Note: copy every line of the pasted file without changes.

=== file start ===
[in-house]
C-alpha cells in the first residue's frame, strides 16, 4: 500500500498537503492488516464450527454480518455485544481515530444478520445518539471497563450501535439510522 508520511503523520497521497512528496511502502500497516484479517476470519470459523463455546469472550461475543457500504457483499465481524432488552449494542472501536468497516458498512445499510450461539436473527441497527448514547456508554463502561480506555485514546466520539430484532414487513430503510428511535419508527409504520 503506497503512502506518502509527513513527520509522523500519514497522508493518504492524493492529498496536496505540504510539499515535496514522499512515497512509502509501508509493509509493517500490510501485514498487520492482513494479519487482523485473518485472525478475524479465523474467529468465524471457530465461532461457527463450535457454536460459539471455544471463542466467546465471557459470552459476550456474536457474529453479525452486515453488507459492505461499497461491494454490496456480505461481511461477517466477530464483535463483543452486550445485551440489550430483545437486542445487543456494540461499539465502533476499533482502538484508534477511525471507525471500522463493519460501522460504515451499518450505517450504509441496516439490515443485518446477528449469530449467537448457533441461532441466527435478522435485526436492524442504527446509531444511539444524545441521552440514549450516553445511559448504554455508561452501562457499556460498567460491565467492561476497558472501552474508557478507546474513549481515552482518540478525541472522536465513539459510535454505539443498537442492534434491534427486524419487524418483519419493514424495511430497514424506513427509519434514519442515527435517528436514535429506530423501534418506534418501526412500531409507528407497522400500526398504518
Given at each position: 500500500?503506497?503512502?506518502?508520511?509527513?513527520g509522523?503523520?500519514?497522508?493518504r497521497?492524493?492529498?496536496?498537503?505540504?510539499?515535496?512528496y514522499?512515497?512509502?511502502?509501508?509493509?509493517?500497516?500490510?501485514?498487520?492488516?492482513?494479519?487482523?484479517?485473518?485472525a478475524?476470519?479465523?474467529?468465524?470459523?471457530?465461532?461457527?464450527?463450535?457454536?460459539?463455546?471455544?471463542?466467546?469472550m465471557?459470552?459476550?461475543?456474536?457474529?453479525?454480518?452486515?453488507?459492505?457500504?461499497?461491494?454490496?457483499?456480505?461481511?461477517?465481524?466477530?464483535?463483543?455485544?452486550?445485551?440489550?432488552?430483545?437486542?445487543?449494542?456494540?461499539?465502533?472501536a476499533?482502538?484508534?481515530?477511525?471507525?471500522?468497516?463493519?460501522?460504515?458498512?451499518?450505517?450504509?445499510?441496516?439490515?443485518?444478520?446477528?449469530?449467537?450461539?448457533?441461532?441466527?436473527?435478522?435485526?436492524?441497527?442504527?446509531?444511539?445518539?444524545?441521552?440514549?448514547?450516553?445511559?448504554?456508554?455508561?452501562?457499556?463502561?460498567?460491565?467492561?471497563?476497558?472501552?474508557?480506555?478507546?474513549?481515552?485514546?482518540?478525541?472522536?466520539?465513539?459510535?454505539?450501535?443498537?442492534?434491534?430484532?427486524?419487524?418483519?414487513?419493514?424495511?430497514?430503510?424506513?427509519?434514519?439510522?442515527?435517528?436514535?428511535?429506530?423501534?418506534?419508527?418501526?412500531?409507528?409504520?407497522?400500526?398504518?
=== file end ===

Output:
[in-house]
C-alpha cells in the first residue's frame, strides 16, 4: 500500500498537503492488516464450527454480518455485544481515530444478520445518539471497563450501535439510522 508520511503523520497521497512528496511502502500497516484479517476470519470459523463455546469472550461475543457500504457483499465481524432488552449494542472501536468497516458498512445499510450461539436473527441497527448514547456508554463502561480506555485514546466520539430484532414487513430503510428511535419508527409504520 503506497503512502506518502509527513513527520509522523500519514497522508493518504492524493492529498496536496505540504510539499515535496514522499512515497512509502509501508509493509509493517500490510501485514498487520492482513494479519487482523485473518485472525478475524479465523474467529468465524471457530465461532461457527463450535457454536460459539471455544471463542466467546465471557459470552459476550456474536457474529453479525452486515453488507459492505461499497461491494454490496456480505461481511461477517466477530464483535463483543452486550445485551440489550430483545437486542445487543456494540461499539465502533476499533482502538484508534477511525471507525471500522463493519460501522460504515451499518450505517450504509441496516439490515443485518446477528449469530449467537448457533441461532441466527435478522435485526436492524442504527446509531444511539444524545441521552440514549450516553445511559448504554455508561452501562457499556460498567460491565467492561476497558472501552474508557478507546474513549481515552482518540478525541472522536465513539459510535454505539443498537442492534434491534427486524419487524418483519419493514424495511430497514424506513427509519434514519442515527435517528436514535429506530423501534418506534418501526412500531409507528407497522400500526398504518
Given at each position: 500500500?503506497?503512502?506518502?508520511?509527513?513527520g509522523?503523520?500519514?497522508?493518504r497521497?492524493?492529498?496536496?498537503?505540504?510539499?515535496?512528496y514522499?512515497?512509502?511502502?509501508?509493509?509493517?500497516?500490510?501485514?498487520?492488516?492482513?494479519?487482523?484479517?485473518?485472525a478475524?476470519?479465523?474467529?468465524?470459523?471457530?465461532?461457527?464450527?463450535?457454536?460459539?463455546?471455544?471463542?466467546?469472550m465471557?459470552?459476550?461475543?456474536?457474529?453479525?454480518?452486515?453488507?459492505?457500504?461499497?461491494?454490496?457483499?456480505?461481511?461477517?465481524?466477530?464483535?463483543?455485544?452486550?445485551?440489550?432488552?430483545?437486542?445487543?449494542?456494540?461499539?465502533?472501536a476499533?482502538?484508534?481515530?477511525?471507525?471500522?468497516?463493519?460501522?460504515?458498512?451499518?450505517?450504509?445499510?441496516?439490515?443485518?444478520?446477528?449469530?449467537?450461539?448457533?441461532?441466527?436473527?435478522?435485526?436492524?441497527?442504527?446509531?444511539?445518539?444524545?441521552?440514549?448514547?450516553?445511559?448504554?456508554?455508561?452501562?457499556?463502561?460498567?460491565?467492561?471497563?476497558?472501552?474508557?480506555?478507546?474513549?481515552?485514546?482518540?478525541?472522536?466520539?465513539?459510535?454505539?450501535?443498537?442492534?434491534?430484532?427486524?419487524?418483519?414487513?419493514?424495511?430497514?430503510?424506513?427509519?434514519?439510522?442515527?435517528?436514535?428511535?429506530?423501534?418506534?419508527?418501526?412500531?409507528?409504520?407497522?400500526?398504518?